Grand Canyon Helicopter Tour Frequently Asked Questions
You've got questions, we've got answers! Here we've updated and expanded on our
Frequently Asked Questions to help you have your best experience when traveling
to the Grand Canyon. Plus, we added in some Grand Canyon Facts.
What should I bring with me on the tour?
There isn't much you need. Passengers over 18 need ID and cameras are strongly recommended. Other suggestions
include hats, sunglasses, sunscreen and comfortable clothing.
Does Maverick provide a shuttle service?
Yes. For those of you leaving from Las Vegas a pick up time and site will be given to you when you book your tour.
You will be picked up in one of our buses, all of which are clearly marked with the Maverick logo. At this time,
shuttle service is not available for those who start the tour at the Grand Canyon.
Do these tours damage the fragile eco-system of the Grand Canyon?
We do everything we can to minimize intrusion on the Grand Canyon. In addition, all of our helicopters are
ECO-Star helicopters, designed to reduce noise pollution while cradling the
occupants in comfort and style.
How safe are we while flying through or hovering over the Grand Canyon?
Very safe. Maverick Helicopters has the highest safety rating of any tourism aviation company in the entire world.
We have been awarded the Federal
Aviation Administration's (FAA) Diamond Award and our pilots have received over 150 awards for their
flying and customer service.
What is the best way to capture memories of the tour?
As previously stated, all tour participants are encouraged to bring their cameras. For a truly spectacular memory,
a DVD of your tour can be purchased. Taken by an exterior camera, so there is nothing to block the view, this DVD
also includes an audio track so that you can hear the pilot's narration and the passengers’ questions and comments.
Is it safe to take the tour while pregnant?
It is recommended that you check with you doctor to be sure it is safe for your particular circumstances to fly.
However, generally speaking, it is safe for pregnant women to enjoy our tours.
What should I expect from my Grand Canyon experience?
You should expect to see incredible sights while relaxing in comfort in our helicopter. You should expect to be
treated as a VIP by all of our staff, including our pilots. And you should expect to make memories that will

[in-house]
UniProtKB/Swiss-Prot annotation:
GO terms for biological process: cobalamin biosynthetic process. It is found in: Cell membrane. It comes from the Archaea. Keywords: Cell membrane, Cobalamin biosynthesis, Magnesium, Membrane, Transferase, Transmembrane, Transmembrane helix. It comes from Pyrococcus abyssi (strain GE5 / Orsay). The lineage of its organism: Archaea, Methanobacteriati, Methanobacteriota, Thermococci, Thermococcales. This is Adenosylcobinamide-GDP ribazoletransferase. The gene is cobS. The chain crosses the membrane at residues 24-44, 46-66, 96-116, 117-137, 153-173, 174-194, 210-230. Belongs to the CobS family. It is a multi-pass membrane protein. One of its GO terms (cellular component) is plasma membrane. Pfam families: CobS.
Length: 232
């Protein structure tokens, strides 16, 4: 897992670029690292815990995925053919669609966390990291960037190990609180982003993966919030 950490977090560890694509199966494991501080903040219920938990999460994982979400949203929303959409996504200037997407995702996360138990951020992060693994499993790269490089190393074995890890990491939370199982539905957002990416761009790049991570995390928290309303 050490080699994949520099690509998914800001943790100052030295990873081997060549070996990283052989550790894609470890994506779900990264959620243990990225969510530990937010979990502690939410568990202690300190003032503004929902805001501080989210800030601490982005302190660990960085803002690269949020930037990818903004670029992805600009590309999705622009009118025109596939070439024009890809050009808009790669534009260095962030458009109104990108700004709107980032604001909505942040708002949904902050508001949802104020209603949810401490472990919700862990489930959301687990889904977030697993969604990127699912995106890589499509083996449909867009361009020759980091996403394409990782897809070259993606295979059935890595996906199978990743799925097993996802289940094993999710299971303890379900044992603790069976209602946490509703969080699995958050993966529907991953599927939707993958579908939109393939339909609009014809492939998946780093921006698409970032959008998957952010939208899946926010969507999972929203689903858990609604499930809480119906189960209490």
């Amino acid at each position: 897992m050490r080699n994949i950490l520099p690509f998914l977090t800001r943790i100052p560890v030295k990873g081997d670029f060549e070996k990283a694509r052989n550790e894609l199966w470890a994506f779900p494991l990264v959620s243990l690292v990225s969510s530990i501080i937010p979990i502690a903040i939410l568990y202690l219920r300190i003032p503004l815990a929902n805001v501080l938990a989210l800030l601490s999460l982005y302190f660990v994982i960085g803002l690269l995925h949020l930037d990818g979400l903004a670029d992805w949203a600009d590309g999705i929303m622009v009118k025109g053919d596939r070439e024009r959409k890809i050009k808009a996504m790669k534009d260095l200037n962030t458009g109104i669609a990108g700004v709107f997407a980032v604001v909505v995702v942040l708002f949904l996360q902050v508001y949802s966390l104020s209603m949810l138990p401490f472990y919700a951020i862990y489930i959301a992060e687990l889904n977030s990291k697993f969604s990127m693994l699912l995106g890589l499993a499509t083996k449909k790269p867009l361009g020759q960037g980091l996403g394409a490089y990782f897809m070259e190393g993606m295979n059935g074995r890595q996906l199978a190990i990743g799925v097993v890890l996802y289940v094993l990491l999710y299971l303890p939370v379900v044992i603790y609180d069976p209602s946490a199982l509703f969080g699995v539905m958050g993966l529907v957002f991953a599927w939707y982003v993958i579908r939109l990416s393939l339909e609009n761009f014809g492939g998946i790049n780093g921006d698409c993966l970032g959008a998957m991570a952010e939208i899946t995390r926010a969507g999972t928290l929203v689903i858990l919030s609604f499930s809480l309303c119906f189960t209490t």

last a lifetime!
What are you waiting for? Book and create memories with a Grand Canyon
helicopter tour today!
Interesting Facts about the Grand Canyon
With its awe-inspiring views, winding Colorado River and plethora of recreational opportunities, it's easy to
see why the Grand Canyon is one of the most visited natural wonders in the world. But how well do you really
know this National Park? Here's a look at some of the Grand Canyon's interesting facts and the truths behind
The park was created with a government loophole.
FACT. Adventurer extraordinaire Teddy Roosevelt took just one glimpse of the Grand Canyon in 1903 and
knew it was a marvel that needed to be protected for future generations. However, as president, he didn't have
the legal authority to designate an area as a National Park without the approval of Congress, which was just
about as deadlocked then as it is today. So instead he jumped on predecessor President Benjamin Harrison's
established Forest Preserve Act and added huge swatches of the Grand Canyon to that protected area. In 1908,
he declared the park a National Monument, but formal approval to create the Grand Canyon National Park didn't
pass until 1919.
It's the deepest canyon in the United States.
FICTION. While it can claim superlatives like 'most photographed' and 'crowd favorite,' the Grand Canyon
isn't the deepest canyon in the States. That title goes to
Curving along the border of Idaho and Oregon, Hells Canyon was carved out by the Snake River and drops an
estimated half a mile deeper than its southern cousin.
It reveals 40 percent of the Earth's history.
FACT. The Earth is estimated to be around 4.5 billion years old, while swatches of the Colorado River
cut through a type of metamorphic rock dated back to 1.75
billion years old. While it might not have won the record for deepest, its miles of exposed canyon
walls offer geologists an extensive and unparalleled record of geologic events. The Grand Canyon is a rocky
goldmine that continues to excite and engage both amateur rock lovers and acclaimed scientists.
Archaeologists have found traces of ancient Tibetan or Egyptian civilizations inside Grand Canyon tunnels.
FICTION. At least, most likely. In April 1909, the Arizona Gazette
reported two Smithsonian archaeologists had found traces of ancient artifacts – gold urns, painted copper
and mummified bodies – believed to be from either an ancient Egyptian or Tibetan civilization. However, such
proof of the findings was never brought forth and subsequent searches failed to discover the mysterious cavern.
The Smithsonian also denied any affiliation with the two disgraced scientists. Of course, such an event is rich
fodder for conspiracy theorists who continue to believe in a Smithsonian cover-up.